Improved reasoning in undergraduate writing through structured workshops

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© 2015 Taylor & Francis Group, LLC. The Department of Economics at Duke University has endeavored to increase participation in undergraduate honors thesis research while ensuring a high-quality learning experience. Given the faculty-to-student ratio in the department (approximately 1:16), increasing research participation required the creation of a stable, replicable framework for mentoring students through research. The department aimed to make the research experience more consistent and interactive so that students also learned from each other in a group setting. Here, the authors assess the relationship between changes in mentoring support of honors research and students scientific reasoning and writing skills reflected in their undergraduate theses. They find that students who participated in structured courses designed to support and enhance their research exhibited the strongest learning outcomes, as measured by systematic writing assessment.





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Dowd, JE, MP Connolly, RJ Thompson and JA Reynolds (2015). Improved reasoning in undergraduate writing through structured workshops. Journal of Economic Education, 46(1). pp. 14–27. 10.1080/00220485.2014.978924 Retrieved from

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Michelle P. Connolly

Professor of the Practice of Economics

Michelle P. Connolly is Professor of the Practice in the Economics Department at Duke University.

Professor Connolly previously served as Chief Economist of the Federal Communications Commission in 2006-2007 and 2008-2009, and as an Economist for the International Research Function for the Federal Reserve Bank of New York from 1996 to 1997.

Professor Connolly currently serves as the Director of the Honors Program in Economics and Chair of the Trinity College Arts & Sciences Committee on Curriculum.  She  previously served on the Duke Alumni Association Board  (2012-2016), as Director of EcoTeach (the instructional arm of the Economics Department), and as the founding Economics Director of the Duke in New York: Financial Markets and Institutions Program (2007-2009).

Professor Connolly has been recognized on multiple occasions for her teaching.  At Duke, she was awarded the Howard D. Johnson Trinity College Teaching Prize in 2011 and has been recognized as being among the top five percent of Duke University Undergraduate Instructors (2009, 2010, 2011, 2017, 2020). As a graduate student at Yale, she received the Raymond Powell Teaching Prize (1994).

Professor Connolly’s research currently focuses on broadband and spectrum policy, though her body of research includes work in international trade, telecommunications policy, media policy, education, growth, and development. She has received funding for her research from the National Science Foundation, the Duke Arts and Sciences Research Council Grants, the Spencer Grant, and the Teagle Grant.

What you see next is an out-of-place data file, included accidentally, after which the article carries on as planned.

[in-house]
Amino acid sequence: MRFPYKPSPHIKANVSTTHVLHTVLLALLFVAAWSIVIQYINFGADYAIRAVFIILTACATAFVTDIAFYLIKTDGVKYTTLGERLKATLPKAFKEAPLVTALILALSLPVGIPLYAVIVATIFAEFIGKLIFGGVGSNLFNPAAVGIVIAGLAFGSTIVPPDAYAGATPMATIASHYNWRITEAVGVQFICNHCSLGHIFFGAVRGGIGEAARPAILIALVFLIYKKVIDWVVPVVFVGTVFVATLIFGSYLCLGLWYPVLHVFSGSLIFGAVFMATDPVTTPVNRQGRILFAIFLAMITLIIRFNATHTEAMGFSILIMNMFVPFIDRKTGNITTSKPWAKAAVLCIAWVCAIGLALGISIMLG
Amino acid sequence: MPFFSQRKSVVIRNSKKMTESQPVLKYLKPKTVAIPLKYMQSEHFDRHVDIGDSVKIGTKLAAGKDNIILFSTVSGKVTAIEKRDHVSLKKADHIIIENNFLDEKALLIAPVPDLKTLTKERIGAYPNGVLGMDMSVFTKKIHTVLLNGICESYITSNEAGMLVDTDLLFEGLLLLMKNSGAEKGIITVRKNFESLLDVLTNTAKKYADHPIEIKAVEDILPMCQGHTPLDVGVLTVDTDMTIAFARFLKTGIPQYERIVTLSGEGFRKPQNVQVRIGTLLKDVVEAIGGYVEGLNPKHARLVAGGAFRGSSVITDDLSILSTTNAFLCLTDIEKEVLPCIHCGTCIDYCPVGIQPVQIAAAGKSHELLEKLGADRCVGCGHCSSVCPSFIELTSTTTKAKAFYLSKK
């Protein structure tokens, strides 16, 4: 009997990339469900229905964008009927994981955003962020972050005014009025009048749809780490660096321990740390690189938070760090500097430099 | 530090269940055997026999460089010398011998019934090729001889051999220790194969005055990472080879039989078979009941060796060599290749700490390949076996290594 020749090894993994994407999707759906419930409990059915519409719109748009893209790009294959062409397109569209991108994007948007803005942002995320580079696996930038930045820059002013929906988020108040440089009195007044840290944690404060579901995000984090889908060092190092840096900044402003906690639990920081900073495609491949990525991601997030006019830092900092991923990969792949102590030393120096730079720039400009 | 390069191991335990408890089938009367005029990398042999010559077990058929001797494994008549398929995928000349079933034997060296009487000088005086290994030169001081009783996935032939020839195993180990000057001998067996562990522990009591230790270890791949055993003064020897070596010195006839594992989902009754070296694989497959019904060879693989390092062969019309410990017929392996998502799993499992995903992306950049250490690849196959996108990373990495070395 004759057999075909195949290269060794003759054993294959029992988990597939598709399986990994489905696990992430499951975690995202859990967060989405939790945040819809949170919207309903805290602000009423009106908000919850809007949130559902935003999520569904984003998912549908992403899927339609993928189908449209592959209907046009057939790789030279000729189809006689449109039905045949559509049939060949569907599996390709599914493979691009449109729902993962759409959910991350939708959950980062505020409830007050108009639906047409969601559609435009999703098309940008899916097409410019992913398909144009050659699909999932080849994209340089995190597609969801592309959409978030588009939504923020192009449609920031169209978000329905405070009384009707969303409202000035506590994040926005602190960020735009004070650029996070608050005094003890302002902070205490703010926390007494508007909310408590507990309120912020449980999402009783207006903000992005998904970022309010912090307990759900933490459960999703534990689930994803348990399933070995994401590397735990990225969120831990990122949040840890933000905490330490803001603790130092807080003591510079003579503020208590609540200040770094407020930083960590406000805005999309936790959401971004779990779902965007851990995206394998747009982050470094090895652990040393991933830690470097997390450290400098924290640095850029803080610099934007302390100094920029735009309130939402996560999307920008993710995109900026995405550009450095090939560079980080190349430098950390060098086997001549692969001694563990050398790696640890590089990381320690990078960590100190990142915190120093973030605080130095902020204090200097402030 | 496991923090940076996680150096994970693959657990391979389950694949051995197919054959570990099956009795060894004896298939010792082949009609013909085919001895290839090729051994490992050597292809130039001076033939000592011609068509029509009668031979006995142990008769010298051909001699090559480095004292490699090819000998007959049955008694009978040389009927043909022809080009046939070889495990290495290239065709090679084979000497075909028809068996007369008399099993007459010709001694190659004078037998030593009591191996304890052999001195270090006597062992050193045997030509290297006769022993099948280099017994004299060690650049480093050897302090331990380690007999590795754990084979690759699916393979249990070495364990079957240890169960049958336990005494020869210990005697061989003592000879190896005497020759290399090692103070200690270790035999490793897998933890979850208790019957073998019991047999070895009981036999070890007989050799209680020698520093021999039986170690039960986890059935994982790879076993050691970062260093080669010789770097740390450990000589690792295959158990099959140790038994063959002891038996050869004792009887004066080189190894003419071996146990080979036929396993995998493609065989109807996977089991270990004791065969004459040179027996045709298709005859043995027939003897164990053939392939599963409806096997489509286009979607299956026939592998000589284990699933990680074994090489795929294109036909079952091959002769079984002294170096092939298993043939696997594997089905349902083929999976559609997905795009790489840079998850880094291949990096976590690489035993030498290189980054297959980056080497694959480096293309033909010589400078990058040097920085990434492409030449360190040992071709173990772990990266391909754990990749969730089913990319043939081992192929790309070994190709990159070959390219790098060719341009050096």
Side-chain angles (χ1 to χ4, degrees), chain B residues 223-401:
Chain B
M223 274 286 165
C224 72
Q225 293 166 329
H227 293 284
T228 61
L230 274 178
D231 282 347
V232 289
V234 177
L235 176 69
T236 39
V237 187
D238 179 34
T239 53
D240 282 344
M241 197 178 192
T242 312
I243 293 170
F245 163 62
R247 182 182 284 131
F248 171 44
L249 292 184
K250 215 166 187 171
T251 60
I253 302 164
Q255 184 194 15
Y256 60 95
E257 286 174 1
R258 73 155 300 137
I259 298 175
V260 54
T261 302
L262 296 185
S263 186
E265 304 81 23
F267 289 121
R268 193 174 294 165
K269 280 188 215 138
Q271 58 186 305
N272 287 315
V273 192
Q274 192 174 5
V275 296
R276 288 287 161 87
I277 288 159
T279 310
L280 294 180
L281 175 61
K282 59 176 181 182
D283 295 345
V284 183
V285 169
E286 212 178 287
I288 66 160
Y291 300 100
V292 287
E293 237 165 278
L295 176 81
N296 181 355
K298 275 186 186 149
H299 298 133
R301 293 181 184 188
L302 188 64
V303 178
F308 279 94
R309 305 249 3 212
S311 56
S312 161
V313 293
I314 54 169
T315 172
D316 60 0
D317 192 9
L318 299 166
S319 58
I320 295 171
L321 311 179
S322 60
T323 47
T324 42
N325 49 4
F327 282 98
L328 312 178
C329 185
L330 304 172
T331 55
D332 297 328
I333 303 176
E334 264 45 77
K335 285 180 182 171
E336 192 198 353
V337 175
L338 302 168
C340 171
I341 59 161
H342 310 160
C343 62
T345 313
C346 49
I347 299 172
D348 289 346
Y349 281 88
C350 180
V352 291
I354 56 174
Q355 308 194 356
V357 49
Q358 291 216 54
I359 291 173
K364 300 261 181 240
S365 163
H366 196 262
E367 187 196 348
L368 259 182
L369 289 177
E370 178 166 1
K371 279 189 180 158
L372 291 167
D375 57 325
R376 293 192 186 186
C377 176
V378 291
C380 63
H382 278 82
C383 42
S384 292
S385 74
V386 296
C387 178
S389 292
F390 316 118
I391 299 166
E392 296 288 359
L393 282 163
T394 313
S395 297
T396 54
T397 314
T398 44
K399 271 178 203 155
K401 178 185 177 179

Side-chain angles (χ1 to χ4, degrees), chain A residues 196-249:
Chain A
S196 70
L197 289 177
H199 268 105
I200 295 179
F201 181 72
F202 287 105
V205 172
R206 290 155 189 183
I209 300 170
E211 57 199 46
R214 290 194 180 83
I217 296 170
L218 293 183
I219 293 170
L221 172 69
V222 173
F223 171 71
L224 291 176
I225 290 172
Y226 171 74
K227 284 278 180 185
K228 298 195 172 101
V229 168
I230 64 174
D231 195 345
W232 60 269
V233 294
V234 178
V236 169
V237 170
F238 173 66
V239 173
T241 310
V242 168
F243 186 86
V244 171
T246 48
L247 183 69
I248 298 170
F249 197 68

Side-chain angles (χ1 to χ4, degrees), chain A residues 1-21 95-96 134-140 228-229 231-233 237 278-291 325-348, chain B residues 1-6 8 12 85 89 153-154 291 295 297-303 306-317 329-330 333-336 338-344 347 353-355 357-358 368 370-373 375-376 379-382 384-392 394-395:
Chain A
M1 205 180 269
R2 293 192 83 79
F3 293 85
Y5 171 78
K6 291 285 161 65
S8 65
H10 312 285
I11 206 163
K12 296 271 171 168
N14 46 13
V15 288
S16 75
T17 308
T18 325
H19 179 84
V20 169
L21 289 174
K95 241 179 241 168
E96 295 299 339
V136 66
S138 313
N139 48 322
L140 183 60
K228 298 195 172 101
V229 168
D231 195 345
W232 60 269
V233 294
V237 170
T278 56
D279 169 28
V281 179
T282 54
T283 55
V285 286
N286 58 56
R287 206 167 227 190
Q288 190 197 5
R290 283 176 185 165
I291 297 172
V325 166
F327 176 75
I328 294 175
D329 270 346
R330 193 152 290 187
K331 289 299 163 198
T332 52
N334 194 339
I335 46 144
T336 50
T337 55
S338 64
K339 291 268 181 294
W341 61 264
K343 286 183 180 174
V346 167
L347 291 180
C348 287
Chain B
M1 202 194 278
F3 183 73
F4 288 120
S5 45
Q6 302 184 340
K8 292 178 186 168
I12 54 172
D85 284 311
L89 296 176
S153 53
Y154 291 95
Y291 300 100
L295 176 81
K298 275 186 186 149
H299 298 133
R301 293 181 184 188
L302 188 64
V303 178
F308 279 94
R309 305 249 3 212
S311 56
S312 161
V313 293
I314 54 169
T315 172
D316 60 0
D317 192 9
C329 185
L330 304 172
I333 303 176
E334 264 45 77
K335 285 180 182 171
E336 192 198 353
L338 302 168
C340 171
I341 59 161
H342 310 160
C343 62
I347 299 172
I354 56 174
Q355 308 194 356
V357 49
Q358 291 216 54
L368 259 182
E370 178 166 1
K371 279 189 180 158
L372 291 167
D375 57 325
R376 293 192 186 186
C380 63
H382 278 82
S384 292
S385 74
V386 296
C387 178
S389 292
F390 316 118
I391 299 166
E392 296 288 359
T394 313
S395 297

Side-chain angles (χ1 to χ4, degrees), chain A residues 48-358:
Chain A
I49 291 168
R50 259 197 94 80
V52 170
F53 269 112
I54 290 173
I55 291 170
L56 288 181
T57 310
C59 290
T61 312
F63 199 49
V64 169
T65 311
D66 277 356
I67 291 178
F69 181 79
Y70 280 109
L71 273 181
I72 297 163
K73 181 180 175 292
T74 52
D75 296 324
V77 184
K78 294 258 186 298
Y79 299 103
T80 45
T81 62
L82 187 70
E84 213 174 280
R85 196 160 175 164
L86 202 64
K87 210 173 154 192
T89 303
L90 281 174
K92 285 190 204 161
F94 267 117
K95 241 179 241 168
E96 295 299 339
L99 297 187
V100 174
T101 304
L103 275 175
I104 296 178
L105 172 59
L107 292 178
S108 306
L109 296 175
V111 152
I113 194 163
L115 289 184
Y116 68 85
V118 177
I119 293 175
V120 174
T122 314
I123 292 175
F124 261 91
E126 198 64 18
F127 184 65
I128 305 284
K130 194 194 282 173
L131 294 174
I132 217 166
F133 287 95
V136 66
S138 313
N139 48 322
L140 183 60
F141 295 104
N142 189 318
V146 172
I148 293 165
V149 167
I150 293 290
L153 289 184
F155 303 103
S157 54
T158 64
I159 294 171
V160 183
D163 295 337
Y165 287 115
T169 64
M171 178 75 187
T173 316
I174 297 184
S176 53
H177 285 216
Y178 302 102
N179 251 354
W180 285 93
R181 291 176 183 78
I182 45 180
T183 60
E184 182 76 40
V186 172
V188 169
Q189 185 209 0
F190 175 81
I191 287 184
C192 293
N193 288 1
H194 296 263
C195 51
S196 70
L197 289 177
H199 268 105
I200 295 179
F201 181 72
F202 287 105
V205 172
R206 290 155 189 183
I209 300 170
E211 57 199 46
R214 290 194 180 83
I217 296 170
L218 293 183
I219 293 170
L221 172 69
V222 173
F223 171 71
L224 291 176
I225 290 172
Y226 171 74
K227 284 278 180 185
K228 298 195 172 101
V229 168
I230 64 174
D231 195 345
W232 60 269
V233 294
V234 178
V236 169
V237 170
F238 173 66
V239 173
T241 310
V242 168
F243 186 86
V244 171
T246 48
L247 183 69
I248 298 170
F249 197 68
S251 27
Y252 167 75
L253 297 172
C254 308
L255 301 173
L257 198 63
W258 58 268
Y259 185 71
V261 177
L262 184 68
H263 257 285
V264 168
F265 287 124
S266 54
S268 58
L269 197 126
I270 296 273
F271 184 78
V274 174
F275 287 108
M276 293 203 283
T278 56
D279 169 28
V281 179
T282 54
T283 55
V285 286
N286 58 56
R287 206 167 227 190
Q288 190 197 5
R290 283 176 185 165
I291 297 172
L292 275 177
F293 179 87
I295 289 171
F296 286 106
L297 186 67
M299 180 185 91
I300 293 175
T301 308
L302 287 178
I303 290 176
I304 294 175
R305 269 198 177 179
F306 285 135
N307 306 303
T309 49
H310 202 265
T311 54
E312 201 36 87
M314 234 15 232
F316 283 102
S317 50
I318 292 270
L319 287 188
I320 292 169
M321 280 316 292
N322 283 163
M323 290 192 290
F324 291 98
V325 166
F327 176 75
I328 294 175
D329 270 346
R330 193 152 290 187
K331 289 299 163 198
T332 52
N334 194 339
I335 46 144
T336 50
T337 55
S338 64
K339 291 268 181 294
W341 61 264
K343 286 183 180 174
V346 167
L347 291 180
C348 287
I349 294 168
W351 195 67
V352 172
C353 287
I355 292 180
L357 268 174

Professor Connolly has published in numerous journals, including the American Economic Review, the American Economic Journal:  Macroeconomics, the Journal of Development Economics, the Journal of Economic History, the Journal of Economic Growth, the Review of Industrial Organization, and Current Issues in Economics and Finance.

In 2011, Professor Connolly testified before Congress and participated in a White House panel on Spectrum Issues. She has been presenting her work at university seminars and international conferences since 1996. Some of her appearances were at the ACLP Advanced Communications 2009 Summit, where she was a panelist and moderator, at the conference on “Wireless Technologies: Enabling Innovation and Economic Growth”, where she served as a keynote panelist, and at the Martin H. Crego Lecture in Economics, an all college Lecture at Vassar College. In 2013 Professor Connolly was awarded a National Science Foundation Secure and Trustworthy Cyberspace Grant, “Dollars for Hertz: Making Trustworthy Spectrum Sharing Technically and Economically Viable.”

Michelle Connolly graduated Phi Beta Kappa, Summa Cum Laude, and with the William Massee Prize for Excellence in Economics (best academic grade record in the economics major) from Yale University in 1990.  She went on to earn her M.A. and M.Phil and finally her Ph.D. in economics from Yale University in 1996.

Robert J. Thompson

Professor Emeritus of Psychology and Neuroscience

My research and teaching interests include how biological and psychosocial processes act together in human development and learning. One area of focus has been on the adaptation of children and their families to developmental problems and chronic illnesses, including sickle cell disease and cystic fibrosis. Another area of focus is enhancing undergraduate education through scholarship on teaching and learning and fostering the development of empathy and identity.


Julie Reynolds

Associate Professor of the Practice of the Department of Biology

Julie Reynolds has a Ph.D. in biology but, through a series of unexpected events, became an expert in writing pedagogies. She spent 5 years learning to teach writing as a postdoctoral fellow in Duke University’s first-year writing program before transitioning to the biology department where she has taught science writing and writing-intensive courses to thousands of undergraduates and graduate students. With over a decade of funding from the National Science Foundation, her disciplinary-based education research has focused on how writing assignments can promote deep, conceptual learning, especially in large science courses. Dr. Reynolds is also a writing coach and has helped hundreds of scientists across the country to increase their productivity while reducing stress associated with writing.

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